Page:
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  1. On 4/9/2020 at 12:56 PM, Argo88 said:

    Hi! I have a truncata highland mt. Pasian, but no one of Borneo Exotics clones... it is more an intermediate than a real highland nepenthes... it grows in a range between 11 C and 30/35 C... it is very tolerant to very low humidity (30%), but with low humidity pitchers are smaller... in winter I keep it indoor, on a table under artificial light (a common led to read)... 4 days ago I put it outside (now minimum 11 C, but it should tollerate 7/8 C without damnages)... in winter I water it every 10 days (the live sphagnum on the top of substrate tell me when to water it from above)... when I put it outside, I keep always 2 mm ore more of water in try and don’t water from above


  2. Hello, as we all know N. truncata is a very widespread species and I'd be interested to know what temps you give to yours and possibly what clones they are. Also, I've heard some people had particular issues concerning watering too much their plants... what do you think?

  3. Hello there, according to you guys would it be possible to grow these two genera together? I mean at the end of the day they take more or less the temperatures, along with pygmies and tuberous droseras (a range inbetween 8C-30C let's say), although sundwes definitely prefer more stable temps on the cool side in the winter. Albeit, would there be a chance? The only thing that makes me douvbt seriously is atually humidity... i give plenty of humidity to my neps and heliaphoras with a high pressure fogger but i'm unsure this would be good for those sticky-leaved plants.

    Any ideas?

  4. Hello... I bought from hampshire carnivorous plants a specimen of this https://www.hantsflytrap.com/be2985-nepenthes-pacifica-1305-p.asp N. x pacifica, a very lovely hybrid (originally from Borneo Exotics apparently, BE2985), I must say. Only thing is I have no clue what the composition is and the seller himself does not provide much information. Any idea? 


  5. On 27/1/2017 at 8:15 PM, Martin7bergen said:

    Here in Holland I saw a company selling bottles which can be filled with LPG (car fuel). The bottles were quite expensive, but the fuel is much cheaper if you fill them at the gas station. Check out https://www.gaswinkel.com/_uk/catalogus/lpg_gas_vapor_tanks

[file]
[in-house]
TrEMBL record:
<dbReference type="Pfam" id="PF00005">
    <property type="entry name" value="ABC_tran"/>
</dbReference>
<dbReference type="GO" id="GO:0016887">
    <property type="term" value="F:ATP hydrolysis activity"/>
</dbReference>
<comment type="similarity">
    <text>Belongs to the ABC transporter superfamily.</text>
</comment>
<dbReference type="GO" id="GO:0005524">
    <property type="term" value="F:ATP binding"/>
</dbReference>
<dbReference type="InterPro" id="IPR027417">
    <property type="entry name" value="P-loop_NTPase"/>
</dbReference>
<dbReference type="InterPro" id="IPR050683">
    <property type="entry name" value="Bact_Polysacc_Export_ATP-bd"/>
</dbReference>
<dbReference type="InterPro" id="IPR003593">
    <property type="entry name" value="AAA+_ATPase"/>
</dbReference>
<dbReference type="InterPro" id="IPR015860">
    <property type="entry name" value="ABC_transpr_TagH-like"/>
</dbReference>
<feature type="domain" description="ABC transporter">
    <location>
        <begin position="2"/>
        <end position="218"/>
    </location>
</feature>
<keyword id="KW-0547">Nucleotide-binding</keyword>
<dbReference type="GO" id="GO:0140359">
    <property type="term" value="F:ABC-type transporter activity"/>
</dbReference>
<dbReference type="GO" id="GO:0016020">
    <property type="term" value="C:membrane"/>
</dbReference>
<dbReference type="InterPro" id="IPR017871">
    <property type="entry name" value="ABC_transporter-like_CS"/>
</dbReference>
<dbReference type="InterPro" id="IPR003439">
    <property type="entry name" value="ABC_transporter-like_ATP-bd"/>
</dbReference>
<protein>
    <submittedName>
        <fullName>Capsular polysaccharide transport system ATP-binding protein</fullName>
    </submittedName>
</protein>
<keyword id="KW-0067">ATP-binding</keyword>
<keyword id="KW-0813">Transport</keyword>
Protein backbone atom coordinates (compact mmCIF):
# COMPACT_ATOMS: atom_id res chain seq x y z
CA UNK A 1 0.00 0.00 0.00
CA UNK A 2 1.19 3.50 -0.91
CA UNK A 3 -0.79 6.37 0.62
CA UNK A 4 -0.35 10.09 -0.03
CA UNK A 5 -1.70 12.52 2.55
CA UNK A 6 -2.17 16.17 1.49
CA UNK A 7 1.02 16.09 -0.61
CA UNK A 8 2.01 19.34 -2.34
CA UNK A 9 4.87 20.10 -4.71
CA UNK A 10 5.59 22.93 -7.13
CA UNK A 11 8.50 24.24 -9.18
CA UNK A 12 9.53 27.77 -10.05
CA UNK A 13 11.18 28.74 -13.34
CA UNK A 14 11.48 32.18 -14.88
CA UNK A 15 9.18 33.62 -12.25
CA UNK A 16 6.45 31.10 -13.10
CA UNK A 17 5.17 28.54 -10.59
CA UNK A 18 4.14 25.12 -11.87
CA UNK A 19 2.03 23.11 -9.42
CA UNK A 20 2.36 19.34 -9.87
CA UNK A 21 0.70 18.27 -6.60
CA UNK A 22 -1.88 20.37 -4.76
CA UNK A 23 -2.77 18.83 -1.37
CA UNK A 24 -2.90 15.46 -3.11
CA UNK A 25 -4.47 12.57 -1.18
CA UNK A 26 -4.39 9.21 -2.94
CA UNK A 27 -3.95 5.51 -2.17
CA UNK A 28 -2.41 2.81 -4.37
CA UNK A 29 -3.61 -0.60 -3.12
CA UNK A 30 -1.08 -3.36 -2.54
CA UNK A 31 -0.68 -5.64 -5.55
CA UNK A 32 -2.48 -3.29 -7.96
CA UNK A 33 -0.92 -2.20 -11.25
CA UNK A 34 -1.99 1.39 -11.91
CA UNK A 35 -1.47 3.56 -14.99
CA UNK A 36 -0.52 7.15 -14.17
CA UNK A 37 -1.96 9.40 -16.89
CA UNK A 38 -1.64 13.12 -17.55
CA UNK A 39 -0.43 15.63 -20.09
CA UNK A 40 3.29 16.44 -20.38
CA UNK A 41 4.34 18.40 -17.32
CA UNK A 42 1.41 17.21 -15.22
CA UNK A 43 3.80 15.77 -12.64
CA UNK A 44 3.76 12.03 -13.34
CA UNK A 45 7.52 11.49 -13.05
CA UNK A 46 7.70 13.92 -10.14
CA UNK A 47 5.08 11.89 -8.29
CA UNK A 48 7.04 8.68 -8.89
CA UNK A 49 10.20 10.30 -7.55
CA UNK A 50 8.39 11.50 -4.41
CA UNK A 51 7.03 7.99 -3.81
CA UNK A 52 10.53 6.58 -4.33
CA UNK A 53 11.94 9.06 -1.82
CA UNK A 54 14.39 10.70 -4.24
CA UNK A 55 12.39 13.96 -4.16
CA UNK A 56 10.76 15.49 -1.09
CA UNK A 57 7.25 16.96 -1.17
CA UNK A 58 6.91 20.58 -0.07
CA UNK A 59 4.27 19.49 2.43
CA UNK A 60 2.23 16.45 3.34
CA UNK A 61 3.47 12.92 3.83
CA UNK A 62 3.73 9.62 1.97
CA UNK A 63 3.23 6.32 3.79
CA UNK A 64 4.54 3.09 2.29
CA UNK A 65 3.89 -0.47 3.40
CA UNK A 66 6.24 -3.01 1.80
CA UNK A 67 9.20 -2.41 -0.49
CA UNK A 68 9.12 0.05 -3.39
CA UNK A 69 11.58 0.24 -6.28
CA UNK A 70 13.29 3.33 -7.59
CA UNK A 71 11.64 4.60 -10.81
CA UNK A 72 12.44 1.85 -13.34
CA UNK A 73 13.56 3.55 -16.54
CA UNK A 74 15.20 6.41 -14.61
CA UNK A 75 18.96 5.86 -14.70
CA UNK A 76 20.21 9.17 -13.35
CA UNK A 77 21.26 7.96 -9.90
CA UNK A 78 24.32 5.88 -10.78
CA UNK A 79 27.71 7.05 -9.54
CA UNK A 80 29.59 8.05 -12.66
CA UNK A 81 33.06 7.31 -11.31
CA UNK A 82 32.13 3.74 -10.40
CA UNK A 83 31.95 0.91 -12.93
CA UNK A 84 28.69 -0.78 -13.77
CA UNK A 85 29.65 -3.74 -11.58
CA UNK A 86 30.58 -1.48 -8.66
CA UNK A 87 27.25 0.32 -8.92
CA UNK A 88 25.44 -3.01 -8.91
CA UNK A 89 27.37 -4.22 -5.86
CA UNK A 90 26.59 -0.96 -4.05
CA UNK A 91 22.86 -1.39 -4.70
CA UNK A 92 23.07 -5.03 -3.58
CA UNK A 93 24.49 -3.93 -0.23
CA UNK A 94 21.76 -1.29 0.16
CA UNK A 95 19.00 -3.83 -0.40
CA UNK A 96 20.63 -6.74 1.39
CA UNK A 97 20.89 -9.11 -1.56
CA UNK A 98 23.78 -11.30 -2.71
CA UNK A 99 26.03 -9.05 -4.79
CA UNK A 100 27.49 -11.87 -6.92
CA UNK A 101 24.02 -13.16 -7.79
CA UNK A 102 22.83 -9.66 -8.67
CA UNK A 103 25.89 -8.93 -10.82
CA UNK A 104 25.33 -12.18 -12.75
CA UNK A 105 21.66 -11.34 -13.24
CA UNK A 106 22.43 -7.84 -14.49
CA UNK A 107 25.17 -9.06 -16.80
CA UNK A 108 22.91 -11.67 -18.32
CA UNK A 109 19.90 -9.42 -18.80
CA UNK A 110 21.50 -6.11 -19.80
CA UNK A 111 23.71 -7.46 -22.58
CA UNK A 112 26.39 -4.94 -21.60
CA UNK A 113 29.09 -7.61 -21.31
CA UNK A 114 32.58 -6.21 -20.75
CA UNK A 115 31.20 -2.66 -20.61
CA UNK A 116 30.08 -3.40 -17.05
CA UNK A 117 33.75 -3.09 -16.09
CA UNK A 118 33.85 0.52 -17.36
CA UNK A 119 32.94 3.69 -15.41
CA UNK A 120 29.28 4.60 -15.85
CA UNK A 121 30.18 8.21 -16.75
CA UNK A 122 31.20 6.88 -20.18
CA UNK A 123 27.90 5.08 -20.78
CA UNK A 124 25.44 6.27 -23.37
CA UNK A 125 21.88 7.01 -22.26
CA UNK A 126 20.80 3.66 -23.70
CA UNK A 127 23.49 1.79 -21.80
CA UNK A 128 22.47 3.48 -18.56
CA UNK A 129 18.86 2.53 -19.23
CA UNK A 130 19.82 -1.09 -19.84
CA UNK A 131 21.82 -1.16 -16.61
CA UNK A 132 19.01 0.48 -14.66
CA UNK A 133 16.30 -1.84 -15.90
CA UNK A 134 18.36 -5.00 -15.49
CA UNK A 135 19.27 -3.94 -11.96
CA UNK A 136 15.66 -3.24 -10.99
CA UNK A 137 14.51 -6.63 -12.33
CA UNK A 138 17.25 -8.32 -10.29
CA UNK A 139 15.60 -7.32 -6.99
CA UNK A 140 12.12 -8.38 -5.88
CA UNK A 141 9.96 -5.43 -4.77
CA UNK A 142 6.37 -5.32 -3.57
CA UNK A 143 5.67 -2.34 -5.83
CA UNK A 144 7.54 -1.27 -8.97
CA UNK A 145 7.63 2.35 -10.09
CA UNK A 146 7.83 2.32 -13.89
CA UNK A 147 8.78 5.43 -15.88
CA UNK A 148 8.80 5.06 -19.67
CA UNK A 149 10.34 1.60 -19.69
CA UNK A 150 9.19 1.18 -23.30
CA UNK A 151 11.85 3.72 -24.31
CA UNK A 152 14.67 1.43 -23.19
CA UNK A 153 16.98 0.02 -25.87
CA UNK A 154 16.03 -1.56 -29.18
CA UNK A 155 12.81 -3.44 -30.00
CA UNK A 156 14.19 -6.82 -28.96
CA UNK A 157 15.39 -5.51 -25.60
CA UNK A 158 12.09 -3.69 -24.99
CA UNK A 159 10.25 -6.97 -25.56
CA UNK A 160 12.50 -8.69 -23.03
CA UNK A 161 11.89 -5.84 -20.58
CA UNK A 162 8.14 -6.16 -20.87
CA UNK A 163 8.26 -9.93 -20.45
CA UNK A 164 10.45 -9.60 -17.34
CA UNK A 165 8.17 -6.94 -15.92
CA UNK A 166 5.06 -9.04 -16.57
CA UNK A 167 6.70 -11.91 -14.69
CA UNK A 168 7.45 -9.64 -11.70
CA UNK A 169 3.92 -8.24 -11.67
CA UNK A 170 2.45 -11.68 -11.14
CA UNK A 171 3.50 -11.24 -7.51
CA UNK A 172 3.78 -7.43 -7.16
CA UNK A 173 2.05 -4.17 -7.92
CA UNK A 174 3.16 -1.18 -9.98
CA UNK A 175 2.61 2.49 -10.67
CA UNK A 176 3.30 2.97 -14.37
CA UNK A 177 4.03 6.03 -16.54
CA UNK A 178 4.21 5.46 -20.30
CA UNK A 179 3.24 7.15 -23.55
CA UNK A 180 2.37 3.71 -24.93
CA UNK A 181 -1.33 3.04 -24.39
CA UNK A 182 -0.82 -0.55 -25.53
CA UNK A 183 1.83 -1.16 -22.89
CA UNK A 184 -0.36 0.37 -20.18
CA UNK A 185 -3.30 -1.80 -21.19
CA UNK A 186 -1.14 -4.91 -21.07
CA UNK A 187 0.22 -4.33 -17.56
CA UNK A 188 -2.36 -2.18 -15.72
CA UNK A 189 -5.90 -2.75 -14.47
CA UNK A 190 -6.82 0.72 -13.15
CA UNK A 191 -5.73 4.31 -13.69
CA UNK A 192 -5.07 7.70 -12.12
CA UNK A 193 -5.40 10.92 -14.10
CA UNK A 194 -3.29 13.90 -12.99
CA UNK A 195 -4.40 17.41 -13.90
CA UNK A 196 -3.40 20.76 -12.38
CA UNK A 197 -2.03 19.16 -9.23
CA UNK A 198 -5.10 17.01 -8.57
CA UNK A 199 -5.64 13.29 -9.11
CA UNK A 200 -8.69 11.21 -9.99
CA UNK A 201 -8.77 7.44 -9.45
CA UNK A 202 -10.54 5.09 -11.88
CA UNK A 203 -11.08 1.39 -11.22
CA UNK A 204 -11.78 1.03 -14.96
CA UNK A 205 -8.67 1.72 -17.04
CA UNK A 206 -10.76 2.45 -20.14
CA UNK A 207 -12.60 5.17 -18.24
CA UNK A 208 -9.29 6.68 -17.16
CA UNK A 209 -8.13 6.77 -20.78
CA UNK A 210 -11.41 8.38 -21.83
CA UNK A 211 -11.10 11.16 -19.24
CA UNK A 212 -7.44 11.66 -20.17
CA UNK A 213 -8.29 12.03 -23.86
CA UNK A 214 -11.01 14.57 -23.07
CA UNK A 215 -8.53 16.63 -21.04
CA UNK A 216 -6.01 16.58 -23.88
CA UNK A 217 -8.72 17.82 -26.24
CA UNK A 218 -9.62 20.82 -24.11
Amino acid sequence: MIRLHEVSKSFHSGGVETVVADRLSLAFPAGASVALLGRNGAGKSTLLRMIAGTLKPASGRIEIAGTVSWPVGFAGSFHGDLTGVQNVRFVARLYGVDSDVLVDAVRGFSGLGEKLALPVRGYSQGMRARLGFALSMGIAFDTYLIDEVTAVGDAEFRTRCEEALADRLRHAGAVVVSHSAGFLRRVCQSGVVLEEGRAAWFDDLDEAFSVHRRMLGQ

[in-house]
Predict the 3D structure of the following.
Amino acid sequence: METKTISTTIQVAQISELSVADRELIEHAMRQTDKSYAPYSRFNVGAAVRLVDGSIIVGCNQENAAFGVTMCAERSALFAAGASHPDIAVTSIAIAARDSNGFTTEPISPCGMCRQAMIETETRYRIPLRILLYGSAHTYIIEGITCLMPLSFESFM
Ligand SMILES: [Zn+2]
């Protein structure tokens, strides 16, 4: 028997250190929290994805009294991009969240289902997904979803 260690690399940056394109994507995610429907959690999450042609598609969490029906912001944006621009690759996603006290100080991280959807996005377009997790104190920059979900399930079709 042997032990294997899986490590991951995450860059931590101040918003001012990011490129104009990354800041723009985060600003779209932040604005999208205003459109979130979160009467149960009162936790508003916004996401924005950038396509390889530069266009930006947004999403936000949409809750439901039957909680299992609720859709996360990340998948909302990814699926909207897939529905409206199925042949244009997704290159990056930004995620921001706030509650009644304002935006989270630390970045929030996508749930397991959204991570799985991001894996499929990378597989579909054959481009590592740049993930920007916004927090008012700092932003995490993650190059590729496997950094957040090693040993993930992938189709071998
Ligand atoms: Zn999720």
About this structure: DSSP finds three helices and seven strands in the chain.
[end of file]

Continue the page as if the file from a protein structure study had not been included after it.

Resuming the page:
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    Personally I've begun to thnk that this topic might have very different answers depending on where the grower comes from... for example Ive seen that in France many enthusiasts heat their ghs with electricity but my goodness here it'd be like spending a pint and a hlf of blood a day! In Italy everything is kinda expensive, I think that pellet here would be the best option for a small gh like mine, but heh, probably in France or in the UK propane or gas work better

  6. On 9/1/2017 at 4:14 PM, Martin7bergen said:

    Yes, probably. You could use it as additional heating though. Advantage is the good heat distribution with this method.
    Another option is a greenhouse gasheater on butane/propane bottles. Downside there is that you need some ventilation, which will cause heat loss.

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    I fear that propane and so on would be less cheap

  7. 13 hours ago, manders said:

    Most highland nepenthes will be happy with 10C, which will be much cheaper than 13 or 15C to heat to, some highland neps are ok with lower temperatures, especially if daytime temps are higher, but 10C is safer.

    can you add extra insulation, maybe multiwall polycarbonate?

    at a guess you are looking at somewhere between 10-20 kWh per day, on average, in winter, depending on how good your insulation is.

    I gotta try with bubblewrap applied from the inside

  8. 2 hours ago, S Krelbourn said:

    In the past I heated a similar sized greenhouse to grow cool orchids at about 10 - 12 degrees,using a combination of mainly parrafin with electric to boost in particularly cold weather. Suffice to say I now grow sarracenia which need no winter heat. I think the key to reduce heating is in the basic design of the greenhouse, sinking as much of the body of the greenhouse  beneath ground level in an effort to make the most of the ground heat and using well insulated polycarbonate sheeting as glazing. Good luck with the pellet heater idea, I too would like to know if it is a viable proposition.




    Thanks for your opinion!

  9. Hello everyone :)

    I am the owner of a 2,5 m x 3 m x 2,5 m (height) greenhouse, covered with PVC panels. I would like to heat it at about 13°C or 15°C during the Winter in order to grow a larger variety of plants, especially highland Nepenthes and Heliamphora, but I fear it would be extremely expensive. I live in Northern Italy and temperatures in Winter can be as low as -5°C... electricity is definitely unaffordable here I think, so I was thinking about using a small pellet stove... do you have idea?

  10. Hello there... it's two years I'm experiencing great problems with peat-based substrate for Pygmy Drosera. I mean... while the specimens I grow in peat:perlite with a layer of pure sand on top grow as they are supposed to, along with those kept in pure red loam + sand, those in peat : sand : perlite look just awful. I've really begun to think that these plants can't stand the peaty soil around their feet. Anybody of you has ever had this problem? (I keep my plants in a greenhouse in Summer and move them inside when it's too cold in Winter, in an unheated room with a lamp).


    Here are some pics, sorry for the quality, but I think they're enough to get what I mean.










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